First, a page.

But wait, there's more. Since Salmonella can get established in the pet's gastrointestinal tract, and later shed the bacteria to humans, additional transfer methods need to be considered. 1) Thoroughly clean anything that may have been in contact with the treats. 2) Discourage pets from licking you or other family members, particularly in the face. 3) Always clean up the animal's feces at home or when you're out. 

If you have questions, or think your pet may be ill, please contact us. It's not a bother, and we're here for you. In this instance we have to add, if you, yourself, have touched such treats and are feeling under the weather, don't ignore it, and please do contact your doctor.

Tue, 09/03/2019 - 15:22 - Carol

You know a hurricane is big when we get called to conduct pre-deployment examinations for the search and rescue dogs of Task Force 3. More properly called the Urban Search and Rescue California Task Force 3, or CA-TF3, it's the FEMA Urban Search and Rescue Task Force based in Menlo Park, California. 

Sure enough, we got called, and Dr. Meghan Davis stepped up. Task Force 3 has been activated and are working toward likely deployment tomorrow. While you keep the whole area, and the Bahamas, in your thoughts and prayers, please include our local heroes and keep them in your thoughts and prayers as well. We want them to return home safe and sound.

One positive update for this particular disaster comes out of Martin County, Florida. They've opened their first-ever pet-friendly shelter, described as a 'collaboration' between the county officials and the school district officials. The shelter will hold up to 300 people and their pets.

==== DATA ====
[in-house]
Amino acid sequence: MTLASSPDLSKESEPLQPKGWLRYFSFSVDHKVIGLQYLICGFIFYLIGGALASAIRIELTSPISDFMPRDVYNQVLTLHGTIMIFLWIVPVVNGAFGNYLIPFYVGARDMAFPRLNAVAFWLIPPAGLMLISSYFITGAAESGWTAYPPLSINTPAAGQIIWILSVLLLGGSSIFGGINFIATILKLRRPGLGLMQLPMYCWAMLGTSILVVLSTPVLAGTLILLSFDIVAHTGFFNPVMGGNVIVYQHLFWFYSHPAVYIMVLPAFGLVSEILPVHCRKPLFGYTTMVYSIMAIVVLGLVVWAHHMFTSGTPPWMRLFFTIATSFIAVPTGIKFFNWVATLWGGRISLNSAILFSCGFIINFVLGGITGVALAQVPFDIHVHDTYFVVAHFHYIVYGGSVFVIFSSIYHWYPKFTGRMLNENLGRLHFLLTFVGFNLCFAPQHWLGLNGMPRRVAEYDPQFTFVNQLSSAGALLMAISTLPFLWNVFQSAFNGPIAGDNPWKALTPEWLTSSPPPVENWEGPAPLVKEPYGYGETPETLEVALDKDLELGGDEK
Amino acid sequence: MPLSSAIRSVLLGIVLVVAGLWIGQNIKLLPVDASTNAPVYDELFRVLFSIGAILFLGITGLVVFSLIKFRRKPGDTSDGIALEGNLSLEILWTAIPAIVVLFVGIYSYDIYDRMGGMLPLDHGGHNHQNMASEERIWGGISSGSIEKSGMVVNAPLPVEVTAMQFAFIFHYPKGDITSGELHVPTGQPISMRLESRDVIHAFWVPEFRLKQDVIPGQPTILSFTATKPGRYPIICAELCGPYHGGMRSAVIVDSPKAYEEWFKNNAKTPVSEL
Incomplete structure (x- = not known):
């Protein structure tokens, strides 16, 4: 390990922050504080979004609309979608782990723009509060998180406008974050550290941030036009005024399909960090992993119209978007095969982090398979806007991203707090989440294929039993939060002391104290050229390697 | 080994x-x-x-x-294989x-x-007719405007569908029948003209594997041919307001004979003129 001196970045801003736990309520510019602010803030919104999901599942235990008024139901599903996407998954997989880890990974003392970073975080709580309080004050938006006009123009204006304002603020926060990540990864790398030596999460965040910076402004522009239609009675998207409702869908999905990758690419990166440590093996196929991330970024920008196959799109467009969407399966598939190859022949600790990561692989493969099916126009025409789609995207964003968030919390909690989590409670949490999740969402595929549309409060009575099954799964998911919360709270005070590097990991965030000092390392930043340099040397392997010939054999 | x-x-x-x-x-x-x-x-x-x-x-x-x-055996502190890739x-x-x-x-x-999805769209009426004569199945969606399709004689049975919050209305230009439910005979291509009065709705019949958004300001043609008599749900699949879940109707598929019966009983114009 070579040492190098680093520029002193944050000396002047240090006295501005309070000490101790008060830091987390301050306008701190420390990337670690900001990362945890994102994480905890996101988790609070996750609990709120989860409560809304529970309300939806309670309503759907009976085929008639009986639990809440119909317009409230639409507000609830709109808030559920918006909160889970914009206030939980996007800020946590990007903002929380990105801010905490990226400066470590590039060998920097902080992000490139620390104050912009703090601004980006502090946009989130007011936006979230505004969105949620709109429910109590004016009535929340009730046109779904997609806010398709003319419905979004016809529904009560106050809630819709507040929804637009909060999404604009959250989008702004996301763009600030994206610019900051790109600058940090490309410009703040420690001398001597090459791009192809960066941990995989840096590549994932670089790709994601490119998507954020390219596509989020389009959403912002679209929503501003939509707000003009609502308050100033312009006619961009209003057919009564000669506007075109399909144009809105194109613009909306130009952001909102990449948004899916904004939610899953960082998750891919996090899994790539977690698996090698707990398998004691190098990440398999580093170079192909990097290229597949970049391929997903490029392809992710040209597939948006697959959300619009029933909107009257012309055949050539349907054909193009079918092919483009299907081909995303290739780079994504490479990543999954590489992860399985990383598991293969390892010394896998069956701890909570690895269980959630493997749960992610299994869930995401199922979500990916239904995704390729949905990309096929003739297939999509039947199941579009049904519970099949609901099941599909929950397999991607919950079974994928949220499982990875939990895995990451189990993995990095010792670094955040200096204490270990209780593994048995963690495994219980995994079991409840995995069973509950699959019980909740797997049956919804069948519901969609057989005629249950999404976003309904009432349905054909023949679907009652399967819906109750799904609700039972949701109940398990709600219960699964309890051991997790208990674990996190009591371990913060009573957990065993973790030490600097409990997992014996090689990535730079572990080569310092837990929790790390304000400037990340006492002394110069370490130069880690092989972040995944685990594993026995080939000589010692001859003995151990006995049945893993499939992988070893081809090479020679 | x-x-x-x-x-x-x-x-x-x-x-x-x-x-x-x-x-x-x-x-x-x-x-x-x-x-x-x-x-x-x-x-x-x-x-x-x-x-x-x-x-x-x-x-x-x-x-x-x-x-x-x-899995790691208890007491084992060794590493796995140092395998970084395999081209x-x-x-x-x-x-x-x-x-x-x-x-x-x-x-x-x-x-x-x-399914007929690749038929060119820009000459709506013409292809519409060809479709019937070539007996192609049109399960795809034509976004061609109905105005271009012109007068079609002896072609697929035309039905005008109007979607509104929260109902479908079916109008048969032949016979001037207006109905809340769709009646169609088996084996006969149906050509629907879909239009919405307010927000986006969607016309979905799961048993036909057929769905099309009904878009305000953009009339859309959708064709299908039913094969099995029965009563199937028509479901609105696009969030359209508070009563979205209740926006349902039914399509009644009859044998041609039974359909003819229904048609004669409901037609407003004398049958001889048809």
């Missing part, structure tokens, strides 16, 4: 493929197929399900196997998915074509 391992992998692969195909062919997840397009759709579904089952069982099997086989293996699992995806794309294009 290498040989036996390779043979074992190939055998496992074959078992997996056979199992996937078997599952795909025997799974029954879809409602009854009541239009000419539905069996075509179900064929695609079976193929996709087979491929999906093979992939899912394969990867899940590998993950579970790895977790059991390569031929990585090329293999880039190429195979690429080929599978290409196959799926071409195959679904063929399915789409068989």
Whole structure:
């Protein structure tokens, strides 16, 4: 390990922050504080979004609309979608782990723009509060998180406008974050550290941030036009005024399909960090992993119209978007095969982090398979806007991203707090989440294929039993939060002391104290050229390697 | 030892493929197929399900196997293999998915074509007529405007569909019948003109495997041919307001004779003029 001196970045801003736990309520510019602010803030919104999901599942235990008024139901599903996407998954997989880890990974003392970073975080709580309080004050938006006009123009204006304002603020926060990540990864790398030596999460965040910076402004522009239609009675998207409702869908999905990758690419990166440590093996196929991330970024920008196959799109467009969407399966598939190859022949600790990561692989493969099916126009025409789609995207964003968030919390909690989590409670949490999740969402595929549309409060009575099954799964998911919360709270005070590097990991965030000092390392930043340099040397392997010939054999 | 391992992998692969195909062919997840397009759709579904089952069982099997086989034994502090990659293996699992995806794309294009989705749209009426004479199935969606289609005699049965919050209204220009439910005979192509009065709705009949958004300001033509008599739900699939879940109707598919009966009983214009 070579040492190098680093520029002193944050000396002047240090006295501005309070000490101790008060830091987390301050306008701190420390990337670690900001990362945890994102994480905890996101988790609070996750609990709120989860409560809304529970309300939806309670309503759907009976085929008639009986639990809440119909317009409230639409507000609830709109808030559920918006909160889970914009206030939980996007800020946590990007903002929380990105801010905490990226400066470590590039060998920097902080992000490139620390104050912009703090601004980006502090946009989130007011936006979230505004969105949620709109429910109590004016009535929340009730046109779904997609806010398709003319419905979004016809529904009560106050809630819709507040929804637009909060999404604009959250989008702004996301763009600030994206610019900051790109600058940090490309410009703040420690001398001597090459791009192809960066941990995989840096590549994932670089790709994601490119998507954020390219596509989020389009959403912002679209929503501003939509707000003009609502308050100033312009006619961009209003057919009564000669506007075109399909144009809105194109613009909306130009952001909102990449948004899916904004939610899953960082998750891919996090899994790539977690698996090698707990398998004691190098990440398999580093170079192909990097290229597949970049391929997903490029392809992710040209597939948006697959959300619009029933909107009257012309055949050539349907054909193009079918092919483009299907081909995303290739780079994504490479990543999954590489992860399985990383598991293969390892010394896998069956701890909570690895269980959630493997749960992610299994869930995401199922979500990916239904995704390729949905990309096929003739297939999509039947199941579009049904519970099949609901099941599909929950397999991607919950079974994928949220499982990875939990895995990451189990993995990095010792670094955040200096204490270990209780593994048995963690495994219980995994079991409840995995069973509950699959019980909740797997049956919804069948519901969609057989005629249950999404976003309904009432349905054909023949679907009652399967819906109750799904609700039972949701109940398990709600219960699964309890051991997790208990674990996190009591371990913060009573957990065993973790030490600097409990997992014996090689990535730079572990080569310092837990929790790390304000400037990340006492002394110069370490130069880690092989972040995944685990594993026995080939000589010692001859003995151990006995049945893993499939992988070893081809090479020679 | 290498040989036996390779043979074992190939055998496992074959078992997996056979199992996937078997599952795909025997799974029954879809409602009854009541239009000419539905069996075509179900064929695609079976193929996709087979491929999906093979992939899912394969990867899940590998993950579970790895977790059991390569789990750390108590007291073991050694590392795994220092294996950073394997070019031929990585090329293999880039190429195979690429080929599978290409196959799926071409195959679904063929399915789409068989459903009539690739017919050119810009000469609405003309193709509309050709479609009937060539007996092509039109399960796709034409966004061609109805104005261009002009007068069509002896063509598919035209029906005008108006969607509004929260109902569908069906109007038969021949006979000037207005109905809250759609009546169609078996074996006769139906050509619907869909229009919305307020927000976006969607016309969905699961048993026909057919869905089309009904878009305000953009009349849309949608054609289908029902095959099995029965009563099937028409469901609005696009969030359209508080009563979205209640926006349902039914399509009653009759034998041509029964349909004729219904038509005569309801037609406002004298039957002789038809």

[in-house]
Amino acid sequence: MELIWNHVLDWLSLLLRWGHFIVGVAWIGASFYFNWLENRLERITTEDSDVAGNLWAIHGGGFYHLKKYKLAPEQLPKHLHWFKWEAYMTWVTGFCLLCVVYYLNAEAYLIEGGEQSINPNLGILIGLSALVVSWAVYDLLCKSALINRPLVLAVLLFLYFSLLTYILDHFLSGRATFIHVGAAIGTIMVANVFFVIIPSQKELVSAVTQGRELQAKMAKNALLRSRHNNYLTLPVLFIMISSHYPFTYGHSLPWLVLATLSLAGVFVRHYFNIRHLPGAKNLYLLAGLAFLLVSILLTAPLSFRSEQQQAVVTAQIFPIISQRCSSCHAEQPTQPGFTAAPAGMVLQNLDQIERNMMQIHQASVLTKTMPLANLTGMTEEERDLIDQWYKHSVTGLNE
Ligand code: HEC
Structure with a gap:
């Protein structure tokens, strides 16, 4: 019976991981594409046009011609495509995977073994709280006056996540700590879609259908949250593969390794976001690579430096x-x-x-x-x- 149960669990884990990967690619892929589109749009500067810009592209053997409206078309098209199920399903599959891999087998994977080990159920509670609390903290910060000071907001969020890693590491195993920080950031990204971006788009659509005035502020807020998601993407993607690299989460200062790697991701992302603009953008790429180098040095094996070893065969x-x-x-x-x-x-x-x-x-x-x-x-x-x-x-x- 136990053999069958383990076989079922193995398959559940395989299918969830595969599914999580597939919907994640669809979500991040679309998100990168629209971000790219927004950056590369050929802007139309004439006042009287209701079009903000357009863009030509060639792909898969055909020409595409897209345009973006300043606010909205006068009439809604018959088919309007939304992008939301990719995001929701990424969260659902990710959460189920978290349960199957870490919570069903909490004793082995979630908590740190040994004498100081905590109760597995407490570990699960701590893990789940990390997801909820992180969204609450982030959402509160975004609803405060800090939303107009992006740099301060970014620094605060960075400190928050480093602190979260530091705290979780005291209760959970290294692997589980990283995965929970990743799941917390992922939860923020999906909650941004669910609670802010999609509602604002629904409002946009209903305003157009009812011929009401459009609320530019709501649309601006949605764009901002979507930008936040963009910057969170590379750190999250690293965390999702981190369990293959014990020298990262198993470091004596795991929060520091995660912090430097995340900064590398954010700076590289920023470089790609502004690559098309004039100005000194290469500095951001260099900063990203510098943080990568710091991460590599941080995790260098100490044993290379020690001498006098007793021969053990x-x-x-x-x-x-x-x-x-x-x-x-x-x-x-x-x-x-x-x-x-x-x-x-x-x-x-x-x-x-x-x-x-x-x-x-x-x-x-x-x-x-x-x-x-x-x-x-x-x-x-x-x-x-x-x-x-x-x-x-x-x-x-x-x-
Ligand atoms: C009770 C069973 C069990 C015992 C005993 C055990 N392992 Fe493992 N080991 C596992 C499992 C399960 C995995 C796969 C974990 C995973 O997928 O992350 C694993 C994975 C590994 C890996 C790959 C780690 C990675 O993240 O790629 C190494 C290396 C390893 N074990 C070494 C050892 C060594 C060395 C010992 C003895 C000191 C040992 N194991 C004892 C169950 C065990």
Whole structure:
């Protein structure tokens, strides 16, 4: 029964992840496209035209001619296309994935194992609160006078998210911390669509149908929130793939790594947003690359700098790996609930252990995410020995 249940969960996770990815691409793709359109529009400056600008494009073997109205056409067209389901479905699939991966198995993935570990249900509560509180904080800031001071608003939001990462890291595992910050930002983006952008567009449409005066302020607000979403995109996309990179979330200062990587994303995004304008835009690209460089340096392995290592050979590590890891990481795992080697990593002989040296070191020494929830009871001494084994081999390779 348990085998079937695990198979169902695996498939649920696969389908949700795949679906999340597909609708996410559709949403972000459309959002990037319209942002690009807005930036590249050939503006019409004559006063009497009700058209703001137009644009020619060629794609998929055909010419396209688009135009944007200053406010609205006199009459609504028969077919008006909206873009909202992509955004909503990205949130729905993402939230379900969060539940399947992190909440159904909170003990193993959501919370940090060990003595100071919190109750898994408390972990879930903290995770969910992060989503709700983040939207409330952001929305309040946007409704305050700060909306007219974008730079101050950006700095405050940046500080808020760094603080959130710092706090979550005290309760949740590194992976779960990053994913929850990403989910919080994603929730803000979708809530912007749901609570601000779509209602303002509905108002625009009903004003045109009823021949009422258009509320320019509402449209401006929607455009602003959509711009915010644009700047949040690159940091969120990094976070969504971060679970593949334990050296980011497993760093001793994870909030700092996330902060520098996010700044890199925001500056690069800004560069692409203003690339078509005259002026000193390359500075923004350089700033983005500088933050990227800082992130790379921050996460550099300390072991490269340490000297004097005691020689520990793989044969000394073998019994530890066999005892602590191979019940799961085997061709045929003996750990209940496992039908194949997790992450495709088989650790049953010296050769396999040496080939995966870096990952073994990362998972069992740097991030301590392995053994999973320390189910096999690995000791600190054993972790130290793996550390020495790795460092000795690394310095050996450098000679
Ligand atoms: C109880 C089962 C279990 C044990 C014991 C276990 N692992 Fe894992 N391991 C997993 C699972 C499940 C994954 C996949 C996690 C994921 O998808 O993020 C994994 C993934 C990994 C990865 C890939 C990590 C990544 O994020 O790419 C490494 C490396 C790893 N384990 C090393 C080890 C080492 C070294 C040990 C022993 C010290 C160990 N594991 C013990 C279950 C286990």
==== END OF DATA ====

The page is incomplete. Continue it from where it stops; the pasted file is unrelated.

We stand and applaud! Hopefully, this collaboration can make it easier by serving as a model to be copied in other counties in hurricane prone areas.

While it's a no-brainer to acknowledge that many people simply will not evacuate to a shelter without their beloved animals, we also recognize that running one is a wee bit more complicated. Pet owners are asked to bring several items with them, including: a crate, shot records, current rabies vaccination certificate, county animal license tags, medications for the evacuee and their pet, food for the evacuee and their pet, cleaning supplies if necessary, newspaper or pet pad, and comfort items for the pet.

In terms of any evacuation, that's the list we suggest pet owners to bring with them for any disaster. Beyond evacuation, when we talk about earthquake preparedness at home, we also emphasize first aid kits. All these suggestions are really good reminders that it's a good time to double check your own kit. Also, feel free to contact us if you need a proper first aid kit, need additional meds, or can't locate your shot records/rabies certificate. 

Fri, 08/16/2019 - 13:18 - Carol

As if the heat weren't enough to worry about in the summer, now add Harmful Algal Bloom (HAB) in streams and lakes where your dogs cool off to the list of worries.  

If your dog likes to jump in a pool of water, don't let them if you see blue-green algae.  It can poison them.  It can kill them.